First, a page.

02 July 2012

Op Ed: www.HowTheInternetSavedHipHop.com

If you talk to anyone over 28 years old about the current state of hip hop on the whole, you will probably get an earful about: the eventual demise of good hip hop, the good old days of hip hop radio, how hardly any good artists have come out, the Illuminati (whatever the hell that is), pretty much how hip hop sucks now and there is no hope in the long term. Years ago I might have agreed, but with the advent of music sites like SoundCloud, DatPiff, and everyone’s favorite, Best In The Mix (damn right it’s a shameless plug), the internet is poised at becoming hip hop’s savior.
       In hip hop’s beginnings everything was experimental, from the turntable to the MC. The idea of speaking on a beat was unheard of, let alone record scratches and music sampling. Since hip hop was in its early stages then, there was no hit making formula, it was all about what the artist wanted to do and after they finished the album, they put it out and hoped for the best. The album could have been a smash or it could have been garbage, but you had a feeling that most of it was what the artist wanted to do. As hip hop’s popularity increased, so did the revenue it generated. Coupled with the influence hip hop began to have it was only a matter of time before our beloved capitalism grabbed a hold of the trend and transformed it into the cash cow it has become today. By seeing what was profitable and what wasn’t, record labels were able to maximize profit by controlling what an artist released and eventually even having a hand in the artist’s creative process.  This resulted in the inundation of club bangers and trap music. Since these are the types of songs that had become the money makers of their time, it is obvious that this would be the business model record labels would follow. Record labels are businesses, and businesses are in it to make money, period. (No hate in that last statement, just being real.) If you need proof of this timeframe, just go back to the reigns of the following: Dip Set, St. Lunatics, Chingy, Young Jeezy, and Fabolous. I’m not saying they sucked, what I am saying is they are the product of an industry having its hands in the creative process, somewhat akin to letting people be creative within boundaries, “You can make any song you want, just make sure you create some songs that include what we’ve laid out here.” Now it’s understood that if you want to be successful as a hip hop artist, you better have some songs that talk about either the money you have, the drugs you sold to get the money you have, how you are going to spend the money you have, how the ladies find you irresistible because of how much money you have, or any combination of the above. It better sound good in the club too! If you need me to point out the evidence of this, you probably still use cassette tapes and this article is lost on you. The music industry was able to better dictate what would be released to the masses because they held all the distribution power. If the artist didn’t march to their tune or they sounded like they could be a threat to one of their money makers, the chances of their music being released were slim to none.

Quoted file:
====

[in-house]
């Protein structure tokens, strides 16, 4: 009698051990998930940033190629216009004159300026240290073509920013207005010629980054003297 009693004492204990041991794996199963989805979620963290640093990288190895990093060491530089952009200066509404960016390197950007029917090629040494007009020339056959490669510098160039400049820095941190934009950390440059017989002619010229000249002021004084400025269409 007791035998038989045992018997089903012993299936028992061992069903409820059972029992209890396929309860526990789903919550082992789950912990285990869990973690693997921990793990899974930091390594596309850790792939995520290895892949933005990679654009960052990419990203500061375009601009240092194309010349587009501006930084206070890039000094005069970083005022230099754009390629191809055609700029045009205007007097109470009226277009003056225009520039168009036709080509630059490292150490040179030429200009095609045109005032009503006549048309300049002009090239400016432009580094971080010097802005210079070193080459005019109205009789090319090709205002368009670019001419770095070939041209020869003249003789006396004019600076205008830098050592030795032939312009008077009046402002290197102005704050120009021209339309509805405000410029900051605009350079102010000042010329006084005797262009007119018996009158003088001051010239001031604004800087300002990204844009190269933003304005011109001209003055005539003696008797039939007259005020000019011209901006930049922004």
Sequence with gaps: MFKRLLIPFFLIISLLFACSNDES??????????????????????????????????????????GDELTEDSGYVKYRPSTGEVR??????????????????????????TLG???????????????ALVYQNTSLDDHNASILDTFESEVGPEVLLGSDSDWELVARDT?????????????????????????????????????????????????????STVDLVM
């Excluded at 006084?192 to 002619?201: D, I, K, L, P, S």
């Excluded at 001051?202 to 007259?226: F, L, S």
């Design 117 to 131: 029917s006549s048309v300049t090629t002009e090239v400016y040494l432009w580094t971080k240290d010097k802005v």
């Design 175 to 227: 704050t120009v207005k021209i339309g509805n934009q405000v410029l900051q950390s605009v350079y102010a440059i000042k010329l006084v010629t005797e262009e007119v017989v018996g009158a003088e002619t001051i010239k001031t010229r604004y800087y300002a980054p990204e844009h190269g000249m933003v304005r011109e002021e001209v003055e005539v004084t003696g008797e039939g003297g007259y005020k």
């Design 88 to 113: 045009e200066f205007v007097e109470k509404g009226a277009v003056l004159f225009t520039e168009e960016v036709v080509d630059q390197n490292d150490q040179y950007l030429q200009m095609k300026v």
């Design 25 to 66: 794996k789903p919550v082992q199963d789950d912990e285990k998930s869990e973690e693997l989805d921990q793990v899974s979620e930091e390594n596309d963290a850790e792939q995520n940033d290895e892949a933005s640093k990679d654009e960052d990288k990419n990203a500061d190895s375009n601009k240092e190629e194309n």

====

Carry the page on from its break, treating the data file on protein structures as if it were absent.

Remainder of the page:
As more people began to utilize the internet as part of their everyday lives, musicians began to realize that the internet provide ability to release work that they created without worrying if what they had would be good enough for a label. The internet literally provides free global distribution and allows talent that you may have never heard of otherwise to shine without being suppressed by some executive sitting in an ivory tower deciding what should and should not be released. Need an example? Just go to your iTunes or wherever you store your music and look at all the mixtapes you’ve downloaded. Imagine what you would have paid for those. Better yet, take a good listen to them. Do you really think a label would have put most of that out? NEGATIVE. But somehow, some way, this music that didn’t make anyone any money still sounds awesome. The best part about is, there is so much more out there waiting to be discovered, new artists, new musical approaches and no one to tell these artists that what they are making isn’t good enough. As more people realize they don’t need to buy a major release that sounds okay when they can support these relatively unknowns that blow their minds, the quality, variety, and the soul of hip hop will continue to grow.
                This is not a slam on any hip hop artist or even the industry. If anything has stayed constant, it is the fact that hip hop, like many of its followers, will do what it needs to do to ensure that it continues to prosper by adapting to its surroundings. What the internet has provided hip hop with is the ability to continue forward without having someone limit creativity because it affects the bottom dollar. Labels are not going away, ever. What the internet has done is even the playing field so anyone with talent has a fighting chance.

~ Irish Ninja

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